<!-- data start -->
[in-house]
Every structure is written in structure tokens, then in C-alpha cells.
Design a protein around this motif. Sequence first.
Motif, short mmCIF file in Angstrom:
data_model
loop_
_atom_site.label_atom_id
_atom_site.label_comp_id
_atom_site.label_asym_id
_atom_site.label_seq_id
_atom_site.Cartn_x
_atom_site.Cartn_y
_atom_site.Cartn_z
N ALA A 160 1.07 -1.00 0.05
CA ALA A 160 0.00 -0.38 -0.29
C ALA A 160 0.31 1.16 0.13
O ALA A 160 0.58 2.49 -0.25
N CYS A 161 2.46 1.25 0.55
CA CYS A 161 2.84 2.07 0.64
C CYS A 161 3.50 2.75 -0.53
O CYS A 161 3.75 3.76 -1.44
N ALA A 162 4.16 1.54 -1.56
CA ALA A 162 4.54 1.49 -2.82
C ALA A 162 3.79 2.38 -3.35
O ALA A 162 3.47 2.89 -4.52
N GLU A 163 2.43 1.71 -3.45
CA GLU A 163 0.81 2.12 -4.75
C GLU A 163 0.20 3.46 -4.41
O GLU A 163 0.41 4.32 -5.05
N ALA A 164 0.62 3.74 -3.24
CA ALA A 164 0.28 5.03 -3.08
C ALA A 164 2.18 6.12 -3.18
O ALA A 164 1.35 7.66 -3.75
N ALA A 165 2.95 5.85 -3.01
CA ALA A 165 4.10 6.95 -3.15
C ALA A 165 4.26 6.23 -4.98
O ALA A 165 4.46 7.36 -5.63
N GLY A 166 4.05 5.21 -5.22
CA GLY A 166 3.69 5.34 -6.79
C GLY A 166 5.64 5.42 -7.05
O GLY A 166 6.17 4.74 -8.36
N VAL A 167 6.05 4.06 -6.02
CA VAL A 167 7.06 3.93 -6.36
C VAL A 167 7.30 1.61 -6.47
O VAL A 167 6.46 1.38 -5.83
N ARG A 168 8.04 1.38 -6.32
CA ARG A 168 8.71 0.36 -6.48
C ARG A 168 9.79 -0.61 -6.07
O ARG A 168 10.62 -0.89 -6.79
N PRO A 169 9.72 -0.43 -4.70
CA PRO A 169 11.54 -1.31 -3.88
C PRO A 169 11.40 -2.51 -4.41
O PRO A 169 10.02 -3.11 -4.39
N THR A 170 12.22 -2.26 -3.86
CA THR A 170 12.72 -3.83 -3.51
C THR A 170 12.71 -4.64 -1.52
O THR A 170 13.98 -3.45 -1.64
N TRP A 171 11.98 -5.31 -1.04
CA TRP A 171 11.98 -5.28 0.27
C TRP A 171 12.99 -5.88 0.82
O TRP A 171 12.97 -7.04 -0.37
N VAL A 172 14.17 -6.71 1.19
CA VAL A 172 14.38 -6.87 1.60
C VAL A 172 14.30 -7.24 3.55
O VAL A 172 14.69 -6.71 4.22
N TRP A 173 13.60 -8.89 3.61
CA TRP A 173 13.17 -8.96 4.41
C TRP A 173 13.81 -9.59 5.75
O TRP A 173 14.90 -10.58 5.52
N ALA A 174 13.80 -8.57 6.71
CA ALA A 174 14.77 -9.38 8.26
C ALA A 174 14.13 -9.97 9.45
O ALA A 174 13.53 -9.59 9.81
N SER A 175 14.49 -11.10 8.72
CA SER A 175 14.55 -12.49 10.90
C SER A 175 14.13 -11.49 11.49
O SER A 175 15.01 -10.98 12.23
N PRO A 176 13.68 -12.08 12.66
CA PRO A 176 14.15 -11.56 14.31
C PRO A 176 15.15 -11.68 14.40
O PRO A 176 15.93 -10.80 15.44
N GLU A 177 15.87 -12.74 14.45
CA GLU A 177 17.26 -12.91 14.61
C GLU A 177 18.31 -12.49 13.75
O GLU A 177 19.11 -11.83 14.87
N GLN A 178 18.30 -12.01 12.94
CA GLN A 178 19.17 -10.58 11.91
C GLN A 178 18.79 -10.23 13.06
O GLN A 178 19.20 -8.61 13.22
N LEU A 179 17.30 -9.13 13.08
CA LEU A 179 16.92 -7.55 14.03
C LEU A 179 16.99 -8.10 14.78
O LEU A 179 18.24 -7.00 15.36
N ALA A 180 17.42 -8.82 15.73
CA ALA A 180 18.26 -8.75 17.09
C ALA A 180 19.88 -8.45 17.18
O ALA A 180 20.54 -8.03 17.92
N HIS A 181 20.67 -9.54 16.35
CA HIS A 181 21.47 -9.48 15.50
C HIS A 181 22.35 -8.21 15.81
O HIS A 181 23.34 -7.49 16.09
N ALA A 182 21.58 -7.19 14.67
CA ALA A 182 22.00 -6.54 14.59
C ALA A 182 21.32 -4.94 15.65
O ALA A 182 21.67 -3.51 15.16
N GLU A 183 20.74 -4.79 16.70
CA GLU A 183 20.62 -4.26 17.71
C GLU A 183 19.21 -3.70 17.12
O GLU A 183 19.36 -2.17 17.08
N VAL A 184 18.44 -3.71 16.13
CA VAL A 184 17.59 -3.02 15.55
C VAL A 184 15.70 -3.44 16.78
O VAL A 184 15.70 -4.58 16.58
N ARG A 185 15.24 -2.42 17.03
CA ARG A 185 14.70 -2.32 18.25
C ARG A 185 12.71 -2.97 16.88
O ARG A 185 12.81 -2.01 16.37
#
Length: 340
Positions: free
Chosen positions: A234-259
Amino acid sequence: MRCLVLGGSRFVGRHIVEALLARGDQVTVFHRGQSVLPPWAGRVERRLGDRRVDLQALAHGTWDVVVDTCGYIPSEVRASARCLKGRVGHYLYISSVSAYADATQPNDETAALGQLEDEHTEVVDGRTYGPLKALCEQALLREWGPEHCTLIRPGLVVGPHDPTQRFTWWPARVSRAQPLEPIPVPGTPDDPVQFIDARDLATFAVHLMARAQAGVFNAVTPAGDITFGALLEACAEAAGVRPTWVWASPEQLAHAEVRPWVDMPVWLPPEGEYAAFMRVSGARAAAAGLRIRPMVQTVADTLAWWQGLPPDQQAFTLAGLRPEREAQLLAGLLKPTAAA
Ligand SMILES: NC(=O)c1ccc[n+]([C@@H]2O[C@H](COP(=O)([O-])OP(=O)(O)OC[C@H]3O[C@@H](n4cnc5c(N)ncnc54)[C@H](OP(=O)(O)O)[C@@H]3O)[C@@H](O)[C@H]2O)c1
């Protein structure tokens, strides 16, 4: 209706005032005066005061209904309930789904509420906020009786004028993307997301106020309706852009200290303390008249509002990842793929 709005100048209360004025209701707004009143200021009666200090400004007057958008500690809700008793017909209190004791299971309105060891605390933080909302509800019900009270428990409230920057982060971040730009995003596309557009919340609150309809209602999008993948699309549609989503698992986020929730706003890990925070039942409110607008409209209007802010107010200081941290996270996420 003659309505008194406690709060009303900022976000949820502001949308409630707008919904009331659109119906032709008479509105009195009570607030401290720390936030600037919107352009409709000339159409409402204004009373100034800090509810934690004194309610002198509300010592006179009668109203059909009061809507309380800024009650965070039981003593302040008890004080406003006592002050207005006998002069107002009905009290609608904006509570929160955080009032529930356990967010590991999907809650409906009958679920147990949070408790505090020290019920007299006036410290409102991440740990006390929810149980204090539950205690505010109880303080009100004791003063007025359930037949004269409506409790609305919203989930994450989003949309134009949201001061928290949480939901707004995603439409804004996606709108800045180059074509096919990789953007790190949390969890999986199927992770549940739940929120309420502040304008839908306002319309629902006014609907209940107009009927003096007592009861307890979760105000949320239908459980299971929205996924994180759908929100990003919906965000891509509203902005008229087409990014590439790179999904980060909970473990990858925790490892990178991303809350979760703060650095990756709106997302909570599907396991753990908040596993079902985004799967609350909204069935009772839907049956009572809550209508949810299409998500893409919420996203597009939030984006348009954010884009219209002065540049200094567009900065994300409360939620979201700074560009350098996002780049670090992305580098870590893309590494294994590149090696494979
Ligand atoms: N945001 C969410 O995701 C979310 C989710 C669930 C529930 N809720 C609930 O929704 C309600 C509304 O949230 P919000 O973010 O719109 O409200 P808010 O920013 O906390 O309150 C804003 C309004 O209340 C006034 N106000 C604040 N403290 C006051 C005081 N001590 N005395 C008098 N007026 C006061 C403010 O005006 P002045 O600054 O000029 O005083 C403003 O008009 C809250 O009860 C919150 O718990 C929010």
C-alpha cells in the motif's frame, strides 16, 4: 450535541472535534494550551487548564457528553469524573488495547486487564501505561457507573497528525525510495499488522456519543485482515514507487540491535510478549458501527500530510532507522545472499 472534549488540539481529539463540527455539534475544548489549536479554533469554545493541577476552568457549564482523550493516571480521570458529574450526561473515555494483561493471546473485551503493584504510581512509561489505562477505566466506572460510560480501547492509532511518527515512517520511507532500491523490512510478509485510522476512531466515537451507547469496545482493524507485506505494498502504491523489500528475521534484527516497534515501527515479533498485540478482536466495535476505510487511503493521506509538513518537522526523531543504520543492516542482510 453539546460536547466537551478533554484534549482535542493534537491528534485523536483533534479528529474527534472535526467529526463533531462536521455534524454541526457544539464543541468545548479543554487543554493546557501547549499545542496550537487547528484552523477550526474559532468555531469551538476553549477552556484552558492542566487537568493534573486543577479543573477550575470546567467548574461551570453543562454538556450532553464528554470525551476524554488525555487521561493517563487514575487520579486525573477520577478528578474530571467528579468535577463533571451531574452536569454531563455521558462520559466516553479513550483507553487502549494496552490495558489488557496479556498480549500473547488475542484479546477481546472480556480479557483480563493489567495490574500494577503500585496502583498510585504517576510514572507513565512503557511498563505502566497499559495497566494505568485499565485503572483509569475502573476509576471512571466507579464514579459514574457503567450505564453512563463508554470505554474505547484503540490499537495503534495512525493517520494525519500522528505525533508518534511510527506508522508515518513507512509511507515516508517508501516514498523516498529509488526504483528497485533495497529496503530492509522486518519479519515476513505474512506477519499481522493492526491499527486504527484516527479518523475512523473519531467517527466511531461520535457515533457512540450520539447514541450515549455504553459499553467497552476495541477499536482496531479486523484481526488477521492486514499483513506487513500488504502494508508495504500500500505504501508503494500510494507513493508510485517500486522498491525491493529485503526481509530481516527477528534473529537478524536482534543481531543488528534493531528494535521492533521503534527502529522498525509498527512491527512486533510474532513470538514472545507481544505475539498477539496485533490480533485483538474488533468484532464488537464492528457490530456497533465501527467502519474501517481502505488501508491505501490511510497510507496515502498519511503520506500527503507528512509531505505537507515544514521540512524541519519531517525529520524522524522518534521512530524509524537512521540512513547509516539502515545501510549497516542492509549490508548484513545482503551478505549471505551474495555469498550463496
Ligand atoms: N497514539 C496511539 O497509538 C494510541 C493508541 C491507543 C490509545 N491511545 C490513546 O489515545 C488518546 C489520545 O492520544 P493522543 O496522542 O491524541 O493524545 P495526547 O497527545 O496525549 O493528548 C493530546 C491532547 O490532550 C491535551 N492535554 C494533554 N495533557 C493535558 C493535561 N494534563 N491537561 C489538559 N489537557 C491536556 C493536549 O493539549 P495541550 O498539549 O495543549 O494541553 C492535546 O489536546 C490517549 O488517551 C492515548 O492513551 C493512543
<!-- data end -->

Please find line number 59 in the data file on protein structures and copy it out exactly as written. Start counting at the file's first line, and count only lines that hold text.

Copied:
CA TRP A 171 11.98 -5.28 0.27